Modeling of the condyle elements within a biomechanical knee model


The development of a computational multibody knee model able to capture some of the fundamental properties of the human knee articulation is presented. This desideratum is reached by including the kinetics of the real knee articulation. The research question is whether an accurate modeling of the condyle contact in the knee will lead to reproduction of the complex combination of flexion/extension, abduction/adduction, and tibial rotation observed in the real knee. The model is composed by two anatomic segments, the tibia and the femur, whose characteristics are functions of the geometric and anatomic properties of the real bones. The biomechanical model characterization is developed under the framework of multibody systems methodologies using Cartesian coordinates. The type of approach used in the proposed knee model is the joint surface contact conditions between ellipsoids, representing the two femoral condyles, and points, representing the tibial plateau and the menisci. These elements are closely fitted to the actual knee geometry. This task is undertaken by considering a parameter optimization process to replicate experimental data published in the literature, namely that by Lafortune and his coworkers in 1992. Then kinematic data in the form of flexion/extension patterns are imposed on the model corresponding to the stance phase of the human gait. From the results obtained, by performing several computational simulations, it can be observed that the knee model approximates the average secondary motion patterns observed in the literature. Because the literature reports considerable inter-individual differences in the secondary motion patterns, the knee model presented here is also used to check whether it is possible to reproduce the observed differences with reasonable variations of bone shape parameters. This task is accomplished by a parameter study, in which the main variables that define the geometry of condyles are taken into account. It was observed that the data reveal a difference in secondary kinematics of the knee in flexion versus extension. The likely explanation for this fact is the elastic component of the secondary motions created by the combination of joint forces and soft tissue deformations. The proposed knee model is, therefore, used to investigate whether this observed behavior can be explained by reasonable elastic deformations of the points representing the menisci in the model.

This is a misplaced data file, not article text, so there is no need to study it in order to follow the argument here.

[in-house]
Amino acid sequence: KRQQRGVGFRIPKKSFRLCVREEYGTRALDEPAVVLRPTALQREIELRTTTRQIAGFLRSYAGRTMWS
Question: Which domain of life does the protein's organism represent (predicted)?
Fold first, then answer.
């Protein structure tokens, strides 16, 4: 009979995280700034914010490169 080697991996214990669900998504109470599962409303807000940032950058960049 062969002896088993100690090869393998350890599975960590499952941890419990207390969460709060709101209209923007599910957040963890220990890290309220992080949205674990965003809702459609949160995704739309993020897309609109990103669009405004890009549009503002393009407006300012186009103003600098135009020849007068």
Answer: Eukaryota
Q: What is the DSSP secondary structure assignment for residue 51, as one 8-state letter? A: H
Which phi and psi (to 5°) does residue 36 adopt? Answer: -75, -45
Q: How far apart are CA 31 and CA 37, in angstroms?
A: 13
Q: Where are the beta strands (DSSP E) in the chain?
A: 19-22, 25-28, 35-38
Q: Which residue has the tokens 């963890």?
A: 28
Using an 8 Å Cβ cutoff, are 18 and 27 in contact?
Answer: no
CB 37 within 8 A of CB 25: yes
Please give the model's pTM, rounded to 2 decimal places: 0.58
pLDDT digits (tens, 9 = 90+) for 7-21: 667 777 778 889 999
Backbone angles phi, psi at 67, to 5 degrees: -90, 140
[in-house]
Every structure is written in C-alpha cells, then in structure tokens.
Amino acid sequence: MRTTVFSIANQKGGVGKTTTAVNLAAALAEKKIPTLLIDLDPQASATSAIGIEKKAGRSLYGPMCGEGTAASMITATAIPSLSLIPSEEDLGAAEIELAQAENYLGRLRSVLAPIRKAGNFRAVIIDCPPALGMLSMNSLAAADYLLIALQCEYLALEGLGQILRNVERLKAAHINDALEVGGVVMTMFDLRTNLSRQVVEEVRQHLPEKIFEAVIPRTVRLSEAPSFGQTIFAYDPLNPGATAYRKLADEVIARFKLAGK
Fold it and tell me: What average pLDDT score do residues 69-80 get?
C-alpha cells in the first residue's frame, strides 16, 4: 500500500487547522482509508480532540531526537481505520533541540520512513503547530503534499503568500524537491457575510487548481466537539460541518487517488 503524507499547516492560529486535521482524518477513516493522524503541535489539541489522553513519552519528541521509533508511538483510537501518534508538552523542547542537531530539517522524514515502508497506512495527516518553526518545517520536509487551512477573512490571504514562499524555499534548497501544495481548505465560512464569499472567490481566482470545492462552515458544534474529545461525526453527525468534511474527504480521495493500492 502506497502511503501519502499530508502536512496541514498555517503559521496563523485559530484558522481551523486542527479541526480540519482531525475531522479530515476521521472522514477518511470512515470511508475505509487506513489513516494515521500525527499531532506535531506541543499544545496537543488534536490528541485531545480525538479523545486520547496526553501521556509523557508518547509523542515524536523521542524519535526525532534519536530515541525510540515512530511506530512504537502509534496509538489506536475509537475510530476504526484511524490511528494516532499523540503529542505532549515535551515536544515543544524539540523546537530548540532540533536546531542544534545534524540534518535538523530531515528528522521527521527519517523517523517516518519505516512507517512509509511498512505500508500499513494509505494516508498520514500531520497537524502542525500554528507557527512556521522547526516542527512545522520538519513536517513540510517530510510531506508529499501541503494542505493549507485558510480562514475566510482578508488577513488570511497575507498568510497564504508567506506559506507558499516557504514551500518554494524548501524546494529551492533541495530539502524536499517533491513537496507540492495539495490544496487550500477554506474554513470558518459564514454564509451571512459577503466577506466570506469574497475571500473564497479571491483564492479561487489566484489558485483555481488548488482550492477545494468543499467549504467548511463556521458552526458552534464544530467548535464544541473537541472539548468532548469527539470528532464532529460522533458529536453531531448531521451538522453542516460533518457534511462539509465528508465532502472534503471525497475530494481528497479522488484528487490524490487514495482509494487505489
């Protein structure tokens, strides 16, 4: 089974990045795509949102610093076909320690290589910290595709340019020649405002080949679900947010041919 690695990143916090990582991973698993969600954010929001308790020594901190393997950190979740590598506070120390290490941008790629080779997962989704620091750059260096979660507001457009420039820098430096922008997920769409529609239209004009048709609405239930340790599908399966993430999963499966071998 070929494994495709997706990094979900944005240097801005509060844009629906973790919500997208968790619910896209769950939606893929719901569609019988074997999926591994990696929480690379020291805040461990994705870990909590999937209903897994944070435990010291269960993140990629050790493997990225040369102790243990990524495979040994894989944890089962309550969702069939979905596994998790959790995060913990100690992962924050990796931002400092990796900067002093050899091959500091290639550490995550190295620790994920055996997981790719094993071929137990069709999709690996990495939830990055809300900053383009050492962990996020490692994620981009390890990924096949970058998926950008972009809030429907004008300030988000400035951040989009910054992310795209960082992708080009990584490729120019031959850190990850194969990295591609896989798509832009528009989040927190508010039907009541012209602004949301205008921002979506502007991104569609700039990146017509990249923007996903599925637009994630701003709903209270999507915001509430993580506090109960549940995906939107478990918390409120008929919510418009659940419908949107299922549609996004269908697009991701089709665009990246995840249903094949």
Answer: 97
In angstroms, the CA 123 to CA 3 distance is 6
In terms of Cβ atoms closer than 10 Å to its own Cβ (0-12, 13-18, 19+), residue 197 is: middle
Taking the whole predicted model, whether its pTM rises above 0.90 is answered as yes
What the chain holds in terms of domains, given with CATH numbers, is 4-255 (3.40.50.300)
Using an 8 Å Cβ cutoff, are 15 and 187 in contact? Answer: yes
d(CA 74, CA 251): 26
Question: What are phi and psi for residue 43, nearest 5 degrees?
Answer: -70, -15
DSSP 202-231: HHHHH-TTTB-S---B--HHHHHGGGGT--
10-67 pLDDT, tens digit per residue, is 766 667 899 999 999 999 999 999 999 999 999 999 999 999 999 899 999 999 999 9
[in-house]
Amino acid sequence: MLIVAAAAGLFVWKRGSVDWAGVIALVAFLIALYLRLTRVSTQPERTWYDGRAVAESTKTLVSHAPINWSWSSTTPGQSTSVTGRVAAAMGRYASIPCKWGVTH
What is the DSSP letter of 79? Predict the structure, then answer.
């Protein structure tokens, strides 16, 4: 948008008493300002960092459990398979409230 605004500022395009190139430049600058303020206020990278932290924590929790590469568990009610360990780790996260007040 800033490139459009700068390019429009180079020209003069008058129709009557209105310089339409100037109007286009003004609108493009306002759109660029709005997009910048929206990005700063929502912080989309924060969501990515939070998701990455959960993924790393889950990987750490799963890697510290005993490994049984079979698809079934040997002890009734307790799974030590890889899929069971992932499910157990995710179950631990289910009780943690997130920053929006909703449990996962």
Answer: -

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Correspondence to Paulo Flores.

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Ribeiro, A., Rasmussen, J., Flores, P. et al. Modeling of the condyle elements within a biomechanical knee model. Multibody Syst Dyn 28, 181–197 (2012).

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  • Knee modeling
  • Stance phase
  • Condyles
  • Multibody methodologies